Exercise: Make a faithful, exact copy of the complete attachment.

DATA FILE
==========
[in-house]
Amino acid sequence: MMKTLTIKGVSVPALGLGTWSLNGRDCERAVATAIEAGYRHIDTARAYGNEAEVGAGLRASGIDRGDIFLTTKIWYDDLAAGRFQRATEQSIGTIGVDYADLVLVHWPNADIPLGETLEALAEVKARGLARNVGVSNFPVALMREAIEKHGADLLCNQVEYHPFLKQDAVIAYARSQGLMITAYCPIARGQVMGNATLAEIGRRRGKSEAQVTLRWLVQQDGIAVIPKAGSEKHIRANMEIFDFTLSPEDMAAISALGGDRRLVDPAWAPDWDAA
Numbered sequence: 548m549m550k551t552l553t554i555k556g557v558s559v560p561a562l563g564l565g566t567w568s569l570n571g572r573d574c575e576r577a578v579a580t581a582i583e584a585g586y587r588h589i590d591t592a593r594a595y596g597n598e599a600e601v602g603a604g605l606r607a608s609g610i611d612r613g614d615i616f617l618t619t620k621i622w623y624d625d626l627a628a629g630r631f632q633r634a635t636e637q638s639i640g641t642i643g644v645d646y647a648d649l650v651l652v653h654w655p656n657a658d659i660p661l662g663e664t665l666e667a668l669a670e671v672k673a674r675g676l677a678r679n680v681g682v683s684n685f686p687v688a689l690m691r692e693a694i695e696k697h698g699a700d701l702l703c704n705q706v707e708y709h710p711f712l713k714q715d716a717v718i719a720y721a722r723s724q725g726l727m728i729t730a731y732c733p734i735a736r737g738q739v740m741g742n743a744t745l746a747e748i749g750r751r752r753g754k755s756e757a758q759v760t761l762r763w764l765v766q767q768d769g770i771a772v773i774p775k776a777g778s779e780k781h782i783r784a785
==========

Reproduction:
[in-house]
Amino acid sequence: MMKTLTIKGVSVPALGLGTWSLNGRDCERAVATAIEAGYRHIDTARAYGNEAEVGAGLRASGIDRGDIFLTTKIWYDDLAAGRFQRATEQSIGTIGVDYADLVLVHWPNADIPLGETLEALAEVKARGLARNVGVSNFPVALMREAIEKHGADLLCNQVEYHPFLKQDAVIAYARSQGLMITAYCPIARGQVMGNATLAEIGRRRGKSEAQVTLRWLVQQDGIAVIPKAGSEKHIRANMEIFDFTLSPEDMAAISALGGDRRLVDPAWAPDWDAA
Numbered sequence: 548m549m550k551t552l553t554i555k556g557v558s559v560p561a562l563g564l565g566t567w568s569l570n571g572r573d574c575e576r577a578v579a580t581a582i583e584a585g586y587r588h589i590d591t592a593r594a595y596g597n598e599a600e601v602g603a604g605l606r607a608s609g610i611d612r613g614d615i616f617l618t619t620k621i622w623y624d625d626l627a628a629g630r631f632q633r634a635t636e637q638s639i640g641t642i643g644v645d646y647a648d649l650v651l652v653h654w655p656n657a658d659i660p661l662g663e664t665l666e667a668l669a670e671v672k673a674r675g676l677a678r679n680v681g682v683s684n685f686p687v688a689l690m691r692e693a694i695e696k697h698g699a700d701l702l703c704n705q706v707e708y709h710p711f712l713k714q715d716a717v718i719a720y721a722r723s724q725g726l727m728i729t730a731y732c733p734i735a736r737g738q739v740m741g742n743a744t745l746a747e748i749g750r751r752r753g754k755s756e757a758q759v760t761l762r763w764l765v766q767q768d769g770i771a772v773i774p775k776a777g778s779e780k781h782i783r784a785